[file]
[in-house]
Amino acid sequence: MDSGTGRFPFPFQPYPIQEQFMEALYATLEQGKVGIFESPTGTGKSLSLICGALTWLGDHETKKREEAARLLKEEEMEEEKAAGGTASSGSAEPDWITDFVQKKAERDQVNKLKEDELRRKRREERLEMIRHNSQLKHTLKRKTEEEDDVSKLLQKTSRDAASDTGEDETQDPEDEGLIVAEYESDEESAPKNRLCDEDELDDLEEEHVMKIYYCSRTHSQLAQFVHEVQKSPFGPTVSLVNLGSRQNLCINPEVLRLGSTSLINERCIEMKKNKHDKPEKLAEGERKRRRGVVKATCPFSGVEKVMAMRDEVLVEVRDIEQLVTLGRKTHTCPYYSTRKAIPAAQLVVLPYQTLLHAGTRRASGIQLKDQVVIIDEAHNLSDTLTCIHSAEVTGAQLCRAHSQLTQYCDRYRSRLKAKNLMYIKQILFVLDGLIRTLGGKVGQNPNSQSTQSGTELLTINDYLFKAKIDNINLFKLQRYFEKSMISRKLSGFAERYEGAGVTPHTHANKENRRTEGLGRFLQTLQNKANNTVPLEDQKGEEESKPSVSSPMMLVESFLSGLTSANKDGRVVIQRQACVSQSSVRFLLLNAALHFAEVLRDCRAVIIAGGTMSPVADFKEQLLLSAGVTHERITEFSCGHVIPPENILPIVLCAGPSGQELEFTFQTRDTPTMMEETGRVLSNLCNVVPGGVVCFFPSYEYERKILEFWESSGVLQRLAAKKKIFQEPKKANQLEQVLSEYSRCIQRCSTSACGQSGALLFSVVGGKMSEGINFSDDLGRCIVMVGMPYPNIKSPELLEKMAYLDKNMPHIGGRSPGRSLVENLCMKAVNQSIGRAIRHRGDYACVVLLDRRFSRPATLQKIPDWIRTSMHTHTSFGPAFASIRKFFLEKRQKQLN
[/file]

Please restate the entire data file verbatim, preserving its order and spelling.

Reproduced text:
[in-house]
Amino acid sequence: MDSGTGRFPFPFQPYPIQEQFMEALYATLEQGKVGIFESPTGTGKSLSLICGALTWLGDHETKKREEAARLLKEEEMEEEKAAGGTASSGSAEPDWITDFVQKKAERDQVNKLKEDELRRKRREERLEMIRHNSQLKHTLKRKTEEEDDVSKLLQKTSRDAASDTGEDETQDPEDEGLIVAEYESDEESAPKNRLCDEDELDDLEEEHVMKIYYCSRTHSQLAQFVHEVQKSPFGPTVSLVNLGSRQNLCINPEVLRLGSTSLINERCIEMKKNKHDKPEKLAEGERKRRRGVVKATCPFSGVEKVMAMRDEVLVEVRDIEQLVTLGRKTHTCPYYSTRKAIPAAQLVVLPYQTLLHAGTRRASGIQLKDQVVIIDEAHNLSDTLTCIHSAEVTGAQLCRAHSQLTQYCDRYRSRLKAKNLMYIKQILFVLDGLIRTLGGKVGQNPNSQSTQSGTELLTINDYLFKAKIDNINLFKLQRYFEKSMISRKLSGFAERYEGAGVTPHTHANKENRRTEGLGRFLQTLQNKANNTVPLEDQKGEEESKPSVSSPMMLVESFLSGLTSANKDGRVVIQRQACVSQSSVRFLLLNAALHFAEVLRDCRAVIIAGGTMSPVADFKEQLLLSAGVTHERITEFSCGHVIPPENILPIVLCAGPSGQELEFTFQTRDTPTMMEETGRVLSNLCNVVPGGVVCFFPSYEYERKILEFWESSGVLQRLAAKKKIFQEPKKANQLEQVLSEYSRCIQRCSTSACGQSGALLFSVVGGKMSEGINFSDDLGRCIVMVGMPYPNIKSPELLEKMAYLDKNMPHIGGRSPGRSLVENLCMKAVNQSIGRAIRHRGDYACVVLLDRRFSRPATLQKIPDWIRTSMHTHTSFGPAFASIRKFFLEKRQKQLN